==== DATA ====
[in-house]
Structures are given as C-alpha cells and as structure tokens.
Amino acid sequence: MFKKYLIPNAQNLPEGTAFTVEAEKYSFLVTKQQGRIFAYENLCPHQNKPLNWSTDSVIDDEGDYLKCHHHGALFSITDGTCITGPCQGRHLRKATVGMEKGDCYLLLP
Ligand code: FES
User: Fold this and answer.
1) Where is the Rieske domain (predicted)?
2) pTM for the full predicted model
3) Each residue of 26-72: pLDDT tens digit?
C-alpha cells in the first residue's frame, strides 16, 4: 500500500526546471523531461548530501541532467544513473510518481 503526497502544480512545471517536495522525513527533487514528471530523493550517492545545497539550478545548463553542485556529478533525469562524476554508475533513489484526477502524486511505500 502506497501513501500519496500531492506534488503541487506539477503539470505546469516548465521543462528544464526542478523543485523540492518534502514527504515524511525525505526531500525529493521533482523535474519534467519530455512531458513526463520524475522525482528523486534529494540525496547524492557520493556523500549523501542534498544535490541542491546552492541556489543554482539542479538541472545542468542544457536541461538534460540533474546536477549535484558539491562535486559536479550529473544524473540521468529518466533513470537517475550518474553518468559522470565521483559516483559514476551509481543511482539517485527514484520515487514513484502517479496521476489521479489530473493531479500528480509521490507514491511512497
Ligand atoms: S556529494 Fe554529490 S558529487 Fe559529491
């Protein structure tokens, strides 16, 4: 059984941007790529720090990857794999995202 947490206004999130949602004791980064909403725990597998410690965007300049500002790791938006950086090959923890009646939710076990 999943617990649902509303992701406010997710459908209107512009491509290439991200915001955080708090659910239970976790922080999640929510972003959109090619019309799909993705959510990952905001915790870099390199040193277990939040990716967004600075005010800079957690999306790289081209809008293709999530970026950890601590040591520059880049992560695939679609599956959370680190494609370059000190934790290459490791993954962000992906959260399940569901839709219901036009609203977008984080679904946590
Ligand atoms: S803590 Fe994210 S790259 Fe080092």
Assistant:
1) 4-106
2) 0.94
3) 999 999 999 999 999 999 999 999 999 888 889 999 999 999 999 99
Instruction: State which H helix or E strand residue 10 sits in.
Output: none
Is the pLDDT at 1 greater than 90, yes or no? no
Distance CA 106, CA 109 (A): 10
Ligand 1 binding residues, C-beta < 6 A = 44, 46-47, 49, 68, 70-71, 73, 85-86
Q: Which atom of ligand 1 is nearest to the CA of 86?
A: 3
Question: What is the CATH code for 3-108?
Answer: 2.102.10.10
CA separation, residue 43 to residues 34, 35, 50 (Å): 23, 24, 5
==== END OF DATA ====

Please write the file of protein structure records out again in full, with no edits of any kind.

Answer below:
[in-house]
Structures are given as C-alpha cells and as structure tokens.
Amino acid sequence: MFKKYLIPNAQNLPEGTAFTVEAEKYSFLVTKQQGRIFAYENLCPHQNKPLNWSTDSVIDDEGDYLKCHHHGALFSITDGTCITGPCQGRHLRKATVGMEKGDCYLLLP
Ligand code: FES
User: Fold this and answer.
1) Where is the Rieske domain (predicted)?
2) pTM for the full predicted model
3) Each residue of 26-72: pLDDT tens digit?
C-alpha cells in the first residue's frame, strides 16, 4: 500500500526546471523531461548530501541532467544513473510518481 503526497502544480512545471517536495522525513527533487514528471530523493550517492545545497539550478545548463553542485556529478533525469562524476554508475533513489484526477502524486511505500 502506497501513501500519496500531492506534488503541487506539477503539470505546469516548465521543462528544464526542478523543485523540492518534502514527504515524511525525505526531500525529493521533482523535474519534467519530455512531458513526463520524475522525482528523486534529494540525496547524492557520493556523500549523501542534498544535490541542491546552492541556489543554482539542479538541472545542468542544457536541461538534460540533474546536477549535484558539491562535486559536479550529473544524473540521468529518466533513470537517475550518474553518468559522470565521483559516483559514476551509481543511482539517485527514484520515487514513484502517479496521476489521479489530473493531479500528480509521490507514491511512497
Ligand atoms: S556529494 Fe554529490 S558529487 Fe559529491
């Protein structure tokens, strides 16, 4: 059984941007790529720090990857794999995202 947490206004999130949602004791980064909403725990597998410690965007300049500002790791938006950086090959923890009646939710076990 999943617990649902509303992701406010997710459908209107512009491509290439991200915001955080708090659910239970976790922080999640929510972003959109090619019309799909993705959510990952905001915790870099390199040193277990939040990716967004600075005010800079957690999306790289081209809008293709999530970026950890601590040591520059880049992560695939679609599956959370680190494609370059000190934790290459490791993954962000992906959260399940569901839709219901036009609203977008984080679904946590
Ligand atoms: S803590 Fe994210 S790259 Fe080092």
Assistant:
1) 4-106
2) 0.94
3) 999 999 999 999 999 999 999 999 999 888 889 999 999 999 999 99
Instruction: State which H helix or E strand residue 10 sits in.
Output: none
Is the pLDDT at 1 greater than 90, yes or no? no
Distance CA 106, CA 109 (A): 10
Ligand 1 binding residues, C-beta < 6 A = 44, 46-47, 49, 68, 70-71, 73, 85-86
Q: Which atom of ligand 1 is nearest to the CA of 86?
A: 3
Question: What is the CATH code for 3-108?
Answer: 2.102.10.10
CA separation, residue 43 to residues 34, 35, 50 (Å): 23, 24, 5